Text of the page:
Henri Martin

Quatorze Juillet à Collioure

Oil on canvas: 30.7(h) x 39.4(w) in /

78.1(h) x 100(w) cm

Signed lower left: Henri Martin

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BP 107

 

HENRI MARTIN

Toulouse 1860 – 1943 Labastide-du-Vert

 

Quatorze Juillet à Collioure

 

Signed lower left: Henri Martin

Oil on canvas: 30 ¾ x 39 ⅜ in / 78.1 x 100 cm

Frame size: 40 ½ x 49 in / 102.9 x 124.5 cm

 

Painted in the 1920s

 

Provenance:

Bought from the artist by Fernand Bouyonnet, Font-Romeu, Pyrénées-Orientale, France;

by descent in a French private collection

 

Cyrille Martin has confirmed the authenticity of this painting, which will be included in the catalogue raisonné of the work of Henri Martin, inv. no.PR Cq+01

 

 

From 1900 Henri Martin lived at Marquayrol near Labastide-du-Vert in the Lot Valley, finding inspiration in its gentle green spring landscape and bright summers. In 1923 he bought another house at Collioure, a Catalan town south of Perpignan, fifteen miles from the French-Spanish border. He already knew the area well from visiting his friend Henri Marre, who spent part of every year there. The hot Mediterranean light, crisp shadows and monumental, golden architecture presented Martin with a challenge. Throughout the 1920s and 30s he produced a series of views of Collioure which are among the most bold and dazzling of his career.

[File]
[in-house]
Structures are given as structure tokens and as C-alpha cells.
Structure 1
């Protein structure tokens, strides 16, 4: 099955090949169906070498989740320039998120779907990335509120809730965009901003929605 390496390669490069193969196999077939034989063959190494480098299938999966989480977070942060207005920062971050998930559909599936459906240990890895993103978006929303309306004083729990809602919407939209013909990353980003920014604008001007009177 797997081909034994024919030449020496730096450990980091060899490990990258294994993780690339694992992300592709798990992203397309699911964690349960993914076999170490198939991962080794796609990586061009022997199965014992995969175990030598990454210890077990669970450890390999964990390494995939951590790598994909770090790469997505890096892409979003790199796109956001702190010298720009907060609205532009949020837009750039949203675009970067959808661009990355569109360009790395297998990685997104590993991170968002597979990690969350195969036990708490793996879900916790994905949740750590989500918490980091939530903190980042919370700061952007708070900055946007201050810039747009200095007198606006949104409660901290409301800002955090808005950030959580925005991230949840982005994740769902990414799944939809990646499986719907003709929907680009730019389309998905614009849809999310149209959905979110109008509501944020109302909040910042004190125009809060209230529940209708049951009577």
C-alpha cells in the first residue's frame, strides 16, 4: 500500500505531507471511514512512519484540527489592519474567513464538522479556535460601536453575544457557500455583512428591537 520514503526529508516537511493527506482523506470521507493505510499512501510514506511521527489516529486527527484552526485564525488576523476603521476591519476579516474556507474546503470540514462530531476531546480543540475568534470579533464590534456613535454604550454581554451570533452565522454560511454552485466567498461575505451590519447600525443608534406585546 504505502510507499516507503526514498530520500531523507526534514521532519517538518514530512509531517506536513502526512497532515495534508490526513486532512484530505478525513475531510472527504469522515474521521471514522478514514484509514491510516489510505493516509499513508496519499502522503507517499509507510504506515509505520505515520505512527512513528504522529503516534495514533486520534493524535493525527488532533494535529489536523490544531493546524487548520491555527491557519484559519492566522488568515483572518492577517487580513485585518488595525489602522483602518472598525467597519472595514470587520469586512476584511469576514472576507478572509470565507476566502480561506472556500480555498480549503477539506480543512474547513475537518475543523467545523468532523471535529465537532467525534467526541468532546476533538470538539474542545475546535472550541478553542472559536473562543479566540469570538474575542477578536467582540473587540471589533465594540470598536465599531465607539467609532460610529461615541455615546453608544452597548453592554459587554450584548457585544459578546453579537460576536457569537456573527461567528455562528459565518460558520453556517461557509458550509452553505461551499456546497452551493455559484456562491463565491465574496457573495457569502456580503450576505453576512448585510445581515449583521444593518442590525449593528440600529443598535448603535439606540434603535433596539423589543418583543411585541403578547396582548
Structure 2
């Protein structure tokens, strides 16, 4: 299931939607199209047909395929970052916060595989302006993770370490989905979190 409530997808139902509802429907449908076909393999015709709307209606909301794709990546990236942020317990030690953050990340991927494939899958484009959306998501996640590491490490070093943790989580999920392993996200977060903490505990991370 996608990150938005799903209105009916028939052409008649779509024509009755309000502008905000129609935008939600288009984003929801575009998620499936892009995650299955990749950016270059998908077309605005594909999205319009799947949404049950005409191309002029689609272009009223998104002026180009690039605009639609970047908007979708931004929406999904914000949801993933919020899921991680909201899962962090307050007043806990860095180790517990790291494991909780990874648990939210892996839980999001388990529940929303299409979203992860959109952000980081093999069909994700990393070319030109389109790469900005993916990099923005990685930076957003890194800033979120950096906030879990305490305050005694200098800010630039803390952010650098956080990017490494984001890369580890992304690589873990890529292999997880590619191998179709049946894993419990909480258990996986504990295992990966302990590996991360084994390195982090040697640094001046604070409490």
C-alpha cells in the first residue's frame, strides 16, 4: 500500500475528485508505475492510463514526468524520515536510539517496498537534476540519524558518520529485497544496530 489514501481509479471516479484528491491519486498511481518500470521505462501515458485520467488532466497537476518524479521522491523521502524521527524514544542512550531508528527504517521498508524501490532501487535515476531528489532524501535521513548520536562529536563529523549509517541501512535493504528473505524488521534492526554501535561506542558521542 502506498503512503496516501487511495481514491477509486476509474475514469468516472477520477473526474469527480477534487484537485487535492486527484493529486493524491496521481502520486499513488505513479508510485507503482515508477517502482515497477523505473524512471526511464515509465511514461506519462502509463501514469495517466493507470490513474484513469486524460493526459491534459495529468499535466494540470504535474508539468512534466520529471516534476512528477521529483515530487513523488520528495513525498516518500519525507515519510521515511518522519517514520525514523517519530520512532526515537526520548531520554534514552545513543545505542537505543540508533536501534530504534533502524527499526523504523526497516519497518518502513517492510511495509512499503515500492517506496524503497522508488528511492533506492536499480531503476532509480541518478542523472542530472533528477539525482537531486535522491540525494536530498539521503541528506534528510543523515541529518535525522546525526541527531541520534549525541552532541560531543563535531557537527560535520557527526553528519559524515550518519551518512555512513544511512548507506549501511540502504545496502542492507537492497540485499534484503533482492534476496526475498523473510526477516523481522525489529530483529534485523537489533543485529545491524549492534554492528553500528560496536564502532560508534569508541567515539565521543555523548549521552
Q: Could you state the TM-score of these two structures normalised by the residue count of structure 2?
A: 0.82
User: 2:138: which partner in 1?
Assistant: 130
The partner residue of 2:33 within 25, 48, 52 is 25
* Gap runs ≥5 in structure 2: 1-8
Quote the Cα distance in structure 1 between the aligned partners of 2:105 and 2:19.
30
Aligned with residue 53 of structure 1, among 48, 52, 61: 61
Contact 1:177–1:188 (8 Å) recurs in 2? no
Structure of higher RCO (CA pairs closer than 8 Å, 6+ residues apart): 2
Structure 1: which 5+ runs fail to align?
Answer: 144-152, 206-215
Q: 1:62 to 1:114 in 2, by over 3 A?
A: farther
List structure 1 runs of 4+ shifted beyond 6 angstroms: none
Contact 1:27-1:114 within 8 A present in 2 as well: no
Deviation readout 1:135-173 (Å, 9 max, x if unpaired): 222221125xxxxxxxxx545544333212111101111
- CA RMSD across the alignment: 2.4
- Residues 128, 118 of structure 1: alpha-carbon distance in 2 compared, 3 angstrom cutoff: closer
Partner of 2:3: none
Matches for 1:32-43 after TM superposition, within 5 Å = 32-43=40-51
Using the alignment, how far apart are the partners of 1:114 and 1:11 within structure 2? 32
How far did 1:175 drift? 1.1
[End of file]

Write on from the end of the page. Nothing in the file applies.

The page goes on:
This joyous painting of circa 1920 shows the sweep of Collioure harbour, with boats decorated for the Fourteenth of July celebrations. In the background the Royal Castle is carved by the midsummer sun into blocks of gold shadowed in purple-pink. The sun is high, so that the vivid, royal blue paint of the boats in the foreground, the clustered yellow masts and the hues of the Tricolore flags seem to pulsate across the surface of the painting. Martin uses quieter tones for the reflections in the harbour and gentle greens and purples for the wooded maquis of the hills beyond. He employs his own modified ‘pointillist’ technique, applying paint in small, rounded touches, juxtaposing gradations of local colour. The brushstrokes depicting the sea are looser, conveying its shifting, shimmering surface.